Scientists discover world's oldest cheese buried on mummies
The cheese was discovered buried in China's Taklamakan Desert
Heather Saul is a digital reporter for The Independent, currently working on the People desk. She has written news and features across a number of topics, paying particular attention to the activities of Isis and events in Iraq, Syria, Iran and Saudi Arabia.
Thursday 06 March 2014
Scientists believe they may have found the world’s oldest cheese discovered among mummified bodies in China's Taklamakan Desert, dating back as far as 1615 BC.
Blocks of the cheese were found around the neck and chest of the Beauty of Xiaohe. Researchers believe the cheese may have been buried with the mummies so they could enjoy it in the afterlife.
The Xiaohe tomb complex was first discovered by Swedish archaeologist Folke Bergman in 1934. Full archaeological excavations were finally undertaken between 2002 and 2004 by the Cultural Relics and Archaeology Institute.
The Taklamakan Desert’s hot dry sand and arid land provides excellent conditions for mummification. The burial conditions also may have created a vacuum- like environment that would have helped to preserve the cheese, researchers said.
Researchers from the Max Planck Institute of Molecular Cell Biology and Genetics collected 13 samples of organic matter from ten tombs and mummies, including the Beauty of Xiaohe, in the Small River Cemetery Number 5.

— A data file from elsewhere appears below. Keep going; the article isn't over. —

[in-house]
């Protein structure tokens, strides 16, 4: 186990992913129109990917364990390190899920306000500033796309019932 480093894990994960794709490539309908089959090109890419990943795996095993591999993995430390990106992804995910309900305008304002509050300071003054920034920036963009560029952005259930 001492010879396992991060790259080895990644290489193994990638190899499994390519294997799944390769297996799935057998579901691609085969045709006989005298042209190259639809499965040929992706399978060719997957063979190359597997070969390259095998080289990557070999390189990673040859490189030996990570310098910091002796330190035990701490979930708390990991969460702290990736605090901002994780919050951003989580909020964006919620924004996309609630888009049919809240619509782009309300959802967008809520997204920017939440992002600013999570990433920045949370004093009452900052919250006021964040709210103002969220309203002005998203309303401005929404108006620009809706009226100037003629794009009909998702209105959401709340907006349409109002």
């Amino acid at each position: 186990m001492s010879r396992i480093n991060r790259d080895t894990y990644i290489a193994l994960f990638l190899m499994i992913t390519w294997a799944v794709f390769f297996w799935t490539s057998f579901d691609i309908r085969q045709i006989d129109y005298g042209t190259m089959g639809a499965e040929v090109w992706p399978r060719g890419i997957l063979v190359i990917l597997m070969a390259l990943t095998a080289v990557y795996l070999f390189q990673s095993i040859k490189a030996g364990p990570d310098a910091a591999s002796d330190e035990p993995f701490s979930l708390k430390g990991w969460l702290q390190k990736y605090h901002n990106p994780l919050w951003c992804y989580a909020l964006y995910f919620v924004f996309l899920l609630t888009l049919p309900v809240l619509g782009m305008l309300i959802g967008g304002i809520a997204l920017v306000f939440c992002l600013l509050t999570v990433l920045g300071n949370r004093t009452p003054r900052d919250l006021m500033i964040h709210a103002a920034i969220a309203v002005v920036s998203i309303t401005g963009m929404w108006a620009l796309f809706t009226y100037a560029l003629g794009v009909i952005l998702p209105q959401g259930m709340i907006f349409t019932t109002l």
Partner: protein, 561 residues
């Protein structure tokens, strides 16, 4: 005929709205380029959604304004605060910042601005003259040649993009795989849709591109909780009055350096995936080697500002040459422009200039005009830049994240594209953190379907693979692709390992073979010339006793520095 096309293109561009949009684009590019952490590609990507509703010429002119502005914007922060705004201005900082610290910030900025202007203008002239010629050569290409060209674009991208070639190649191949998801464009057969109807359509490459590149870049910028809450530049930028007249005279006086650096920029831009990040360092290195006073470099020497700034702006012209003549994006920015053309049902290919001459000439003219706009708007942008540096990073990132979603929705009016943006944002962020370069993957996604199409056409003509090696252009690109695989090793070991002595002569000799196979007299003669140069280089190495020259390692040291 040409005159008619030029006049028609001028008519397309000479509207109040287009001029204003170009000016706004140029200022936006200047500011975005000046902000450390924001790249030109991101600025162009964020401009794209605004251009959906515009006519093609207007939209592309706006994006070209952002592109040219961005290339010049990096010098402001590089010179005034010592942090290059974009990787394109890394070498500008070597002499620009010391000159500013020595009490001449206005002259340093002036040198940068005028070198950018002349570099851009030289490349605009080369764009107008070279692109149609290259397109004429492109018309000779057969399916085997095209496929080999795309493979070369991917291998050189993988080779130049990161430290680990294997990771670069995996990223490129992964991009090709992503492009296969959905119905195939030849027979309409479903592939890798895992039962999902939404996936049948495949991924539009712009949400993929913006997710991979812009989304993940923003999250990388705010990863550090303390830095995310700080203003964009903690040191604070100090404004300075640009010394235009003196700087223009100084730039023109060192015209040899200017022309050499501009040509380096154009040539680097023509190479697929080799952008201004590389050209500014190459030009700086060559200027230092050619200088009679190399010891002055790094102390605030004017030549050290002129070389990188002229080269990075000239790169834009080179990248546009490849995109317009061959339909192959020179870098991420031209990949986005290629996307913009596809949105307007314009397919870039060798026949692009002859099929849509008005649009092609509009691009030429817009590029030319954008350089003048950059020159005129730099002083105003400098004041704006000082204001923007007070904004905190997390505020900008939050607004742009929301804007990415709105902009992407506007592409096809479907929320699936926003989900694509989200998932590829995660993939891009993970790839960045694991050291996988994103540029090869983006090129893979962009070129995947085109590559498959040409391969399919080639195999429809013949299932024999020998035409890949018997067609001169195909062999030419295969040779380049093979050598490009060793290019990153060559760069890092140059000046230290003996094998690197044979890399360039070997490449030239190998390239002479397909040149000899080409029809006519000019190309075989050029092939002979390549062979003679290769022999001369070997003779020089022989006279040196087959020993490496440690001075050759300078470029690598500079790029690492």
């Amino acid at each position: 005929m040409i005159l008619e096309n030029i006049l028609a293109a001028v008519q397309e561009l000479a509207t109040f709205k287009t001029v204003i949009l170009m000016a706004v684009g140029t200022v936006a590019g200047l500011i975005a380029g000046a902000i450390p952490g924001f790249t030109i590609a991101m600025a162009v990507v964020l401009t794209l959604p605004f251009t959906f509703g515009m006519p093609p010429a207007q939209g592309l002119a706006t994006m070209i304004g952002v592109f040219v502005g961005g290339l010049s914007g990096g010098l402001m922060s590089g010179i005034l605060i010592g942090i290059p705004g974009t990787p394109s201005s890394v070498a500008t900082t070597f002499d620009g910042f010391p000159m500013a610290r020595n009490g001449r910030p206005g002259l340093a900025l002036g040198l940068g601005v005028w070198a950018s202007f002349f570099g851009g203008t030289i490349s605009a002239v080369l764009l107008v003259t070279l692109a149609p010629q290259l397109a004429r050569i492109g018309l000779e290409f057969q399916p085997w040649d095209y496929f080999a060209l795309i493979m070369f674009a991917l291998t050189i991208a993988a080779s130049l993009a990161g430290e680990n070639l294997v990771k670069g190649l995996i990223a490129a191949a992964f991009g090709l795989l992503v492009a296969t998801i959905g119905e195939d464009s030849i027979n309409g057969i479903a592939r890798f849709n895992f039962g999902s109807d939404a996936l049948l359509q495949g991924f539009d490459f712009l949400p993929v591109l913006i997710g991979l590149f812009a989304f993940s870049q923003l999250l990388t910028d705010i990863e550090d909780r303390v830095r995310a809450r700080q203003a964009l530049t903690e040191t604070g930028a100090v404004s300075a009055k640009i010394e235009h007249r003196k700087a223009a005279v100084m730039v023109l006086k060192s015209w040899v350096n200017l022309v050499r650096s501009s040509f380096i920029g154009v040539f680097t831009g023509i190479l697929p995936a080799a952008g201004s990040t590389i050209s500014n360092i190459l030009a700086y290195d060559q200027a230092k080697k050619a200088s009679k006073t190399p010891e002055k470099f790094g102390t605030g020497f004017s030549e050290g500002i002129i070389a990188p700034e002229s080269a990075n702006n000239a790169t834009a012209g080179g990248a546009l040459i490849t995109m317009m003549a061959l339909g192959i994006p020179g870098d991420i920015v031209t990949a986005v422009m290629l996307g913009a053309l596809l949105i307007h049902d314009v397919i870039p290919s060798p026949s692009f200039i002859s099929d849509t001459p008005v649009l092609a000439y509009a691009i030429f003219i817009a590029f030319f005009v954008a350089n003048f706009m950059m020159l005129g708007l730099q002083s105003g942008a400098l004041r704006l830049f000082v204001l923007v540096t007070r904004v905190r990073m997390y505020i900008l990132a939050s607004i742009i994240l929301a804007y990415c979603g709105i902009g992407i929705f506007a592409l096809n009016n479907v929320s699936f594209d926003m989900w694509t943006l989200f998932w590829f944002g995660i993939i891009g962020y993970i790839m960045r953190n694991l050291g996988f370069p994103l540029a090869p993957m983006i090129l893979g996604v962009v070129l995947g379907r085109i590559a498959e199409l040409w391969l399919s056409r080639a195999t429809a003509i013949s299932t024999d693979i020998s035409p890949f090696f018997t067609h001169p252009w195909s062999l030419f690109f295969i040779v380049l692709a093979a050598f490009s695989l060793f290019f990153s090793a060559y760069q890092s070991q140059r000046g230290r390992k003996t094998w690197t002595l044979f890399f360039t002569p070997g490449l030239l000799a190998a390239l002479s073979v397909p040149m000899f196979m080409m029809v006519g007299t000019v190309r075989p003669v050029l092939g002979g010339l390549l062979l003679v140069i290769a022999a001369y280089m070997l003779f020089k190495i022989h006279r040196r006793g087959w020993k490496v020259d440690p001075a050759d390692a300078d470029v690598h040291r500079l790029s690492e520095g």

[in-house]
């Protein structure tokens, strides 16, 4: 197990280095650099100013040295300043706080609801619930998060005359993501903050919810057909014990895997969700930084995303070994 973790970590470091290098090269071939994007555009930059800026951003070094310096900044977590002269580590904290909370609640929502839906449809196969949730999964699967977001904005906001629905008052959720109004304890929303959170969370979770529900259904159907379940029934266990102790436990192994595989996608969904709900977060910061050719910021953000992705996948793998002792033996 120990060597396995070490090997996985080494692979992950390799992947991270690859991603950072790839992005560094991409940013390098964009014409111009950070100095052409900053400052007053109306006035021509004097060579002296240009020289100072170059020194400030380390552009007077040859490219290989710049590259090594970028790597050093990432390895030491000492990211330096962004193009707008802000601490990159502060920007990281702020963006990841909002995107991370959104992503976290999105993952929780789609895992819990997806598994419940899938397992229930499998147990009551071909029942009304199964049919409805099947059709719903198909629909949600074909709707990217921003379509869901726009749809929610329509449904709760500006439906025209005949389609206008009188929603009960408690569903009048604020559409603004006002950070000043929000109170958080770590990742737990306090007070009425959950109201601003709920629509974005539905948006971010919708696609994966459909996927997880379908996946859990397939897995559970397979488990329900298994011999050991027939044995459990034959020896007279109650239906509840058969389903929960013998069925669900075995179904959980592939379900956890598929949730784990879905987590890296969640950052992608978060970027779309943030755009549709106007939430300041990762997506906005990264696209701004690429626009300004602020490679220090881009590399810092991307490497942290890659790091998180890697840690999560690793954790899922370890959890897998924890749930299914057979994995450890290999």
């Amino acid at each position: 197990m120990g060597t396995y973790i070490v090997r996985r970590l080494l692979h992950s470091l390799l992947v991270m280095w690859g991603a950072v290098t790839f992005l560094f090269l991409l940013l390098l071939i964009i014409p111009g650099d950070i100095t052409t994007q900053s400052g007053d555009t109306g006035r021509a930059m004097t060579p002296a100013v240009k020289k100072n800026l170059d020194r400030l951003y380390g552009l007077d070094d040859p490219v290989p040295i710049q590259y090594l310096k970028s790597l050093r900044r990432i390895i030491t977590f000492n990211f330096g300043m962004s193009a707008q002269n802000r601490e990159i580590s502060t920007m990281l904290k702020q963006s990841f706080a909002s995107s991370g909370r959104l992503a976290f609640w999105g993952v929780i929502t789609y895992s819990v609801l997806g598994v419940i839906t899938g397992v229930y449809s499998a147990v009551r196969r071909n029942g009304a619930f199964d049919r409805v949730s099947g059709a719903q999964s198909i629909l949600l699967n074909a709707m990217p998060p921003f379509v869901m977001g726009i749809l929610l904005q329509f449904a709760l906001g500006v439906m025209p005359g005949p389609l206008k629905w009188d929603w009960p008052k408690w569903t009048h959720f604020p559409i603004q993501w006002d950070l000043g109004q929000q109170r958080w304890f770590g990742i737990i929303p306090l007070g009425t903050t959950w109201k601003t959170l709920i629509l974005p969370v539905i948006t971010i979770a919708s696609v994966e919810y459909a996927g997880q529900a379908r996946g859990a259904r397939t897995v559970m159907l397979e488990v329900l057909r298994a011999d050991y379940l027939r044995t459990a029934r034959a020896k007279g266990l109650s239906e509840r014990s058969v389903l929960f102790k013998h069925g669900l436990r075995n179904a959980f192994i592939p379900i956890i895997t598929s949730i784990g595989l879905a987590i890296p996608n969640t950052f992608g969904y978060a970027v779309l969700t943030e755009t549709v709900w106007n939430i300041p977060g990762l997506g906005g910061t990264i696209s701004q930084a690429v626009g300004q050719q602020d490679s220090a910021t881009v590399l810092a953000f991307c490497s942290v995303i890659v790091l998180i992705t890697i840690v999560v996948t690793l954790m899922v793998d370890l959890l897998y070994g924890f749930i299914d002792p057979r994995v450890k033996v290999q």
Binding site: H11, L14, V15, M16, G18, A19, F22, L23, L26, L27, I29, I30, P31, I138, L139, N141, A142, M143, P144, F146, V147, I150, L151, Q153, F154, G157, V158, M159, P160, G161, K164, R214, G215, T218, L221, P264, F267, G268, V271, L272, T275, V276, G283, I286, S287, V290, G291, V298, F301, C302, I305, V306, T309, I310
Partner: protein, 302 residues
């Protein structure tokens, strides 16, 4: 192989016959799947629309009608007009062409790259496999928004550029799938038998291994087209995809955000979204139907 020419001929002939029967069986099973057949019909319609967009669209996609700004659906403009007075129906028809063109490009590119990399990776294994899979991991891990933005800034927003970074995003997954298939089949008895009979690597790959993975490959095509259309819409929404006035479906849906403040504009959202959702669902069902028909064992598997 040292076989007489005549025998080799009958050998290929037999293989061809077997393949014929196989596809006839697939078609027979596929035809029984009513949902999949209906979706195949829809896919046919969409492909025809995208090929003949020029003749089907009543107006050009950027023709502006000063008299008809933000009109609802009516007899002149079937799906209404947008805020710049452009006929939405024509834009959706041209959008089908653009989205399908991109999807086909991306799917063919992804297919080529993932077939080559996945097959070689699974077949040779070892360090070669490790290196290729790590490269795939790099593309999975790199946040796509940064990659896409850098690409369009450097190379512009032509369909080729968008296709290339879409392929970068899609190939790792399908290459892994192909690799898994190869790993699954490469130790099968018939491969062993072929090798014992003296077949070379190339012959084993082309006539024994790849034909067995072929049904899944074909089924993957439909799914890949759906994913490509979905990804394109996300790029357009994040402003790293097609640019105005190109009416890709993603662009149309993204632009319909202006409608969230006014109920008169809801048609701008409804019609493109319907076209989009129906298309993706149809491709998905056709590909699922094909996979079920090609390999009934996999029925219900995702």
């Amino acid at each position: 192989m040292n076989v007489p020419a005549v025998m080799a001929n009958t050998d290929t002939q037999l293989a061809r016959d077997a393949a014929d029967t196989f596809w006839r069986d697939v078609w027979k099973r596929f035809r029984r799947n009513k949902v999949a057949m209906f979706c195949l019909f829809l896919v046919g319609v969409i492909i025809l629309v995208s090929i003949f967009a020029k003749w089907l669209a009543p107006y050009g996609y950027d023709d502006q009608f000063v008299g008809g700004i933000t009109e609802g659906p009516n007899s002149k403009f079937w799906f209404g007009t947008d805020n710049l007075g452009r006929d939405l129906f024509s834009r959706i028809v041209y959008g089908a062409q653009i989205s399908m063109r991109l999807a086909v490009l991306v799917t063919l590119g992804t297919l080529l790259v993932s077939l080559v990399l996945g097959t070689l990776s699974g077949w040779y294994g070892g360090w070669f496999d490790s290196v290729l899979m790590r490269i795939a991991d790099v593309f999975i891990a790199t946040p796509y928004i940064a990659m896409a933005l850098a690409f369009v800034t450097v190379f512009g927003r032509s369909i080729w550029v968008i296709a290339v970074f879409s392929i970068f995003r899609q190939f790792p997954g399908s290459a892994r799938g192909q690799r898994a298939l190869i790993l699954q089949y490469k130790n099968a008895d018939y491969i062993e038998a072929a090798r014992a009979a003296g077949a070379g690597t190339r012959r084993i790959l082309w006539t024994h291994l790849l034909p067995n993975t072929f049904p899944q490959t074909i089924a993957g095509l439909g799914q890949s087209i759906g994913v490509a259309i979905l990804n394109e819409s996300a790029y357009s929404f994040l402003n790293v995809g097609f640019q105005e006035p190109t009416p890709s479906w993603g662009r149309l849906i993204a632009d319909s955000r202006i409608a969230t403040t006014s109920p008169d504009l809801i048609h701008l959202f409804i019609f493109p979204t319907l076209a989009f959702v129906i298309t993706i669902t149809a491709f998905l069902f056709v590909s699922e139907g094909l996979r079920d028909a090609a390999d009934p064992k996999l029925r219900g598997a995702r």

Protein analysis performed in Dresden showed the organic material was a cheese made by robust, easily scalable kefir fermentation. Researcher Andrej Shevchenko told USA Today the team collected evidence to suggest skimmed ruminant milk was combined with bacteria and yeast used to make a kefir cheese.
"We not only identified the product as the earliest-known cheese, but we also have direct evidence of ancient technology," he said.
"It's the earliest known dairy practice that persists until present times in an almost unchanged way," University of Chinese Academy of Sciences archaeologist Yimin Yang told Discovery News.
"The discovery moves the mysterious history of kefir as far as to the second millennium BC, making it the oldest known dairy fermentation method."
The findings were published in the Journal of Archaeological Science.
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